This is a beautiful antique gilded ormolu serpentine shaped jewellery casket, Circa 1870 in date.
The top, front, sides and back are beautifully cast and tooled in gilt bronze. The rope outline frames delicate leaf work borders, the filigree decoration to the lid enclosing a finely painted miniature portrait bust of a young lady.
The interior is lined with the original cream velvet and is ready to store your precious items and it stands on elegant cast toupie feet.
It is a lovely piece which is functional as well as being highly decorative.
In excellent condition, the interior fabric shows signs of wear commensurate with age and use, please see photos for confirmation.
Dimensions in cm:
Height 5 x Width 16 x Depth 12
Dimensions in inches:
Height 2 inches x Width 6 inches x Depth 5 inches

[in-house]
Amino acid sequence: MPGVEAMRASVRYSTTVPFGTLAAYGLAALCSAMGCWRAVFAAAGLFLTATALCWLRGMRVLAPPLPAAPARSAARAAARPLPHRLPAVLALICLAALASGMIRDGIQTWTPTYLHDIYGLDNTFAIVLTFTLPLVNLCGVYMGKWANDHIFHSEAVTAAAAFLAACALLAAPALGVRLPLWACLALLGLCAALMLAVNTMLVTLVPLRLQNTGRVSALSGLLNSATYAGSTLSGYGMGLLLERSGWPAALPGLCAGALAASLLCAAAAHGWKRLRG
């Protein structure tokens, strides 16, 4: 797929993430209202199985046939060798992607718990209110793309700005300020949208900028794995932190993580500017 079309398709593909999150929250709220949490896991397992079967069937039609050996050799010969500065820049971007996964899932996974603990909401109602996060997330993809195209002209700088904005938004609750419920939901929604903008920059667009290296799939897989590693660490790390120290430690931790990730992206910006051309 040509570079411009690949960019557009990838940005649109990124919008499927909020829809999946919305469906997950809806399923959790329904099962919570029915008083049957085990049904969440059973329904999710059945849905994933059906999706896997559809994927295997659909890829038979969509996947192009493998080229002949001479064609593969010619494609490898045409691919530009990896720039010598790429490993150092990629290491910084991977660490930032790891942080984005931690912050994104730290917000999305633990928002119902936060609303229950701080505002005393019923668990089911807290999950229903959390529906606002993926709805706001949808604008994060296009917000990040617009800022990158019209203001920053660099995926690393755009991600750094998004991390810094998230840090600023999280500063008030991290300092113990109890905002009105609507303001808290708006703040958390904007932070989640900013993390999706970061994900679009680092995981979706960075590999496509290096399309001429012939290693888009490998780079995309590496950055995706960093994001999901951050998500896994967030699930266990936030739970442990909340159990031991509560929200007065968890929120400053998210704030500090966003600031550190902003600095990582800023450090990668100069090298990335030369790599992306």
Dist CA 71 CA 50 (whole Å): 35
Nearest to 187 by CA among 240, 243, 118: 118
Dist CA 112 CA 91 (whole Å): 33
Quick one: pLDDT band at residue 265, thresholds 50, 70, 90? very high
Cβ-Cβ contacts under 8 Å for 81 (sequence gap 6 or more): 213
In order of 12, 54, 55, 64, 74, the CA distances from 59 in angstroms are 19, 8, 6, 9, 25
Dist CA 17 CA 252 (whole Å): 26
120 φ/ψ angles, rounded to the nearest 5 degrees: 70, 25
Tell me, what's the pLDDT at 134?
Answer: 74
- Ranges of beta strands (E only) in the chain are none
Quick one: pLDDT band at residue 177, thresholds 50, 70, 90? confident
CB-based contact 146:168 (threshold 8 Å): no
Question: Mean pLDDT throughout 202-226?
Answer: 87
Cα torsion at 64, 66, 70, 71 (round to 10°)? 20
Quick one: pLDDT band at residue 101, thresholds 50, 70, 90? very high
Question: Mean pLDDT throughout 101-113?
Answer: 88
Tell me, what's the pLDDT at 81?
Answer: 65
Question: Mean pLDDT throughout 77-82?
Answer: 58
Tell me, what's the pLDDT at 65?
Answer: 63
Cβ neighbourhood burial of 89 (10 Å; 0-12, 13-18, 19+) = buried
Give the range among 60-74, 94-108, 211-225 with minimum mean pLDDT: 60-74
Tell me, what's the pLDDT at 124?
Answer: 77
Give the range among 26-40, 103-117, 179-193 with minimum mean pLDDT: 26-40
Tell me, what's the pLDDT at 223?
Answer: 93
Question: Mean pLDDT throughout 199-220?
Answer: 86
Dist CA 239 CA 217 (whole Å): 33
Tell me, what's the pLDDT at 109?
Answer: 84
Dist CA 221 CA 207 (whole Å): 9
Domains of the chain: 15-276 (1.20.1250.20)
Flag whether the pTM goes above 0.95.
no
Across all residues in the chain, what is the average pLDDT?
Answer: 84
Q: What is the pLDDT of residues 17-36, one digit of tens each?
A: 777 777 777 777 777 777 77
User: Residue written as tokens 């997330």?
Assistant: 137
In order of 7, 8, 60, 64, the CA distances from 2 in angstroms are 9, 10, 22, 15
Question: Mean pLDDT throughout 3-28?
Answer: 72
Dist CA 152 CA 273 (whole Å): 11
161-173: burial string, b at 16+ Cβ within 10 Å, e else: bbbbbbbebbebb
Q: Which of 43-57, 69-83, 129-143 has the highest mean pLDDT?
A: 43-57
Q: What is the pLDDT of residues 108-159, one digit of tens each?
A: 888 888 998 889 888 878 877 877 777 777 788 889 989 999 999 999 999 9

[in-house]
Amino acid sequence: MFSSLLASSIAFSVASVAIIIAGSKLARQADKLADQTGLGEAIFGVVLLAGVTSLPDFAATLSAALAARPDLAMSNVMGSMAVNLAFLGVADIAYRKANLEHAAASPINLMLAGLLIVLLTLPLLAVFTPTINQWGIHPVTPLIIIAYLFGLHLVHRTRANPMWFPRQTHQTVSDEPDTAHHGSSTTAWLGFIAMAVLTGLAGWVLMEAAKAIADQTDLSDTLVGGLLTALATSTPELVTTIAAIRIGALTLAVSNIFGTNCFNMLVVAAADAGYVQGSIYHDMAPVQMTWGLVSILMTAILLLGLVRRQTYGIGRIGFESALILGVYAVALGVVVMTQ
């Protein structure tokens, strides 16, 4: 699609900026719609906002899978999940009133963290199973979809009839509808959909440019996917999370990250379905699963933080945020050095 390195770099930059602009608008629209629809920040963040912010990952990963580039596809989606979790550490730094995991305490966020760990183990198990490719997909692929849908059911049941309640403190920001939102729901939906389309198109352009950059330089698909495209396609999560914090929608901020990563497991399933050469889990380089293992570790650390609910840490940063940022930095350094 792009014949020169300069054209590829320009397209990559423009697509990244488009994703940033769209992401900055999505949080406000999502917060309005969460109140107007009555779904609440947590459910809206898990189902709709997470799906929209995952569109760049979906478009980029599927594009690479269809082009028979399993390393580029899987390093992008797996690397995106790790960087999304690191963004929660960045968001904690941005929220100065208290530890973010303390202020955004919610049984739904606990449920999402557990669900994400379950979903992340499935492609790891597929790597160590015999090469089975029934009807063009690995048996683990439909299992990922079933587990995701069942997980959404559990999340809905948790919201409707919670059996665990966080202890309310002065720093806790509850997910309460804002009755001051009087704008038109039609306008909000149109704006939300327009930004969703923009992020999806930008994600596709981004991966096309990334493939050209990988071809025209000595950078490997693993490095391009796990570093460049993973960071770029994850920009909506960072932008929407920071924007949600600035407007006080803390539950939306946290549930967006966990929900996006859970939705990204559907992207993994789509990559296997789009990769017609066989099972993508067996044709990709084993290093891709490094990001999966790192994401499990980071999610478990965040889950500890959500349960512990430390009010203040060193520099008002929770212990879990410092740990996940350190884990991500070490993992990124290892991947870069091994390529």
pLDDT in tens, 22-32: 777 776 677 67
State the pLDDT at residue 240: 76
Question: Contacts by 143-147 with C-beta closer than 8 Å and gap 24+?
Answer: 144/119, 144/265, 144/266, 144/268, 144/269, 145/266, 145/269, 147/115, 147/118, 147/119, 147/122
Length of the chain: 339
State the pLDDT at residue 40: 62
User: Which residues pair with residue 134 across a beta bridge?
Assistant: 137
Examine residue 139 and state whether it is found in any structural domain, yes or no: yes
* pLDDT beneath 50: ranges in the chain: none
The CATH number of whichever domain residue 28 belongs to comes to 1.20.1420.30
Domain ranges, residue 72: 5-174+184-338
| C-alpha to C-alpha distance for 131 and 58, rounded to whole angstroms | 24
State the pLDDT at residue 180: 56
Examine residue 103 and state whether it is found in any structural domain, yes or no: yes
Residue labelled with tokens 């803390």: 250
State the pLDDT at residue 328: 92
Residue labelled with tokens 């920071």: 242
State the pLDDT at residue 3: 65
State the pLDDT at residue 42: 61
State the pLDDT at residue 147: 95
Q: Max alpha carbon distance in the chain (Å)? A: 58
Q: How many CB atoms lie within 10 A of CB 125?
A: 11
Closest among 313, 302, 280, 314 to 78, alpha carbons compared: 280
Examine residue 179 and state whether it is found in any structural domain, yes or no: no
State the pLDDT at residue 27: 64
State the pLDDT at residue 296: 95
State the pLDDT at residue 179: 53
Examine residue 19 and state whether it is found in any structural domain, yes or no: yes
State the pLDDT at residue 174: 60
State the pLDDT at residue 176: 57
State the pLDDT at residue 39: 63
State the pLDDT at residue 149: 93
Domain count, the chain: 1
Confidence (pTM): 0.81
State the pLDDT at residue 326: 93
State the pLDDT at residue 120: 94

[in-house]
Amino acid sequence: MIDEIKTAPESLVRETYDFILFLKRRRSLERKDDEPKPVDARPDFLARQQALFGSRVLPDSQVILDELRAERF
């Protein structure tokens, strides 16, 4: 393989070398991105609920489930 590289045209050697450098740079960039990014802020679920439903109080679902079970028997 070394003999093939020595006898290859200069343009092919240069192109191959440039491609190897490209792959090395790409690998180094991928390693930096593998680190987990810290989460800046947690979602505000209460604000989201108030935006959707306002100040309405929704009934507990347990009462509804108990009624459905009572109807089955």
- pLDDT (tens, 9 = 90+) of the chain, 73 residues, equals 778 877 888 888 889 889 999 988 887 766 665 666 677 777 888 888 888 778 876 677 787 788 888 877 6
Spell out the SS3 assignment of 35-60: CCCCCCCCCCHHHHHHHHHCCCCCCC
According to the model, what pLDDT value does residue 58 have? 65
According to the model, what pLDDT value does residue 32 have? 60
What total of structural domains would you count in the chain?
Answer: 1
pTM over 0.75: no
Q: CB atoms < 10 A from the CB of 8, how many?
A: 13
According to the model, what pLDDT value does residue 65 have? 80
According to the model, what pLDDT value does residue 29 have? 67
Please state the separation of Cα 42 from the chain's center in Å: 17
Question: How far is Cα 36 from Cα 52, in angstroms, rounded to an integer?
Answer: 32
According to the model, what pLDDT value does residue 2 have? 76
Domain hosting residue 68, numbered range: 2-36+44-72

(from French ‘or moulu’, signifying ground or pounded gold) is an 18th-century English term for applying finely ground, high-carat gold in a mercury amalgam to an object of bronze.The mercury is driven off in a kiln leaving behind a gold-coloured veneer known as ‘gilt bronze’.
The manufacture of true ormolu employs a process known as mercury-gilding or fire-gilding, in which a solution of nitrate of mercury is applied to a piece of copper, brass, or bronze, followed by the application of an amalgam of gold and mercury. The item was then exposed to extreme heat until the mercury burned off and the gold remained, adhered to the metal object.
No true ormolu was produced in France after around 1830 because legislation had outlawed the use of mercury. Therefore, other techniques were used instead but nothing surpasses the original mercury-firing ormolu method for sheer beauty and richness of colour. Electroplating is the most common modern technique. Ormolu techniques are essentially the same as those used on silver, to produce silver-gilt (also known as vermeil).
Our reference: 07975WI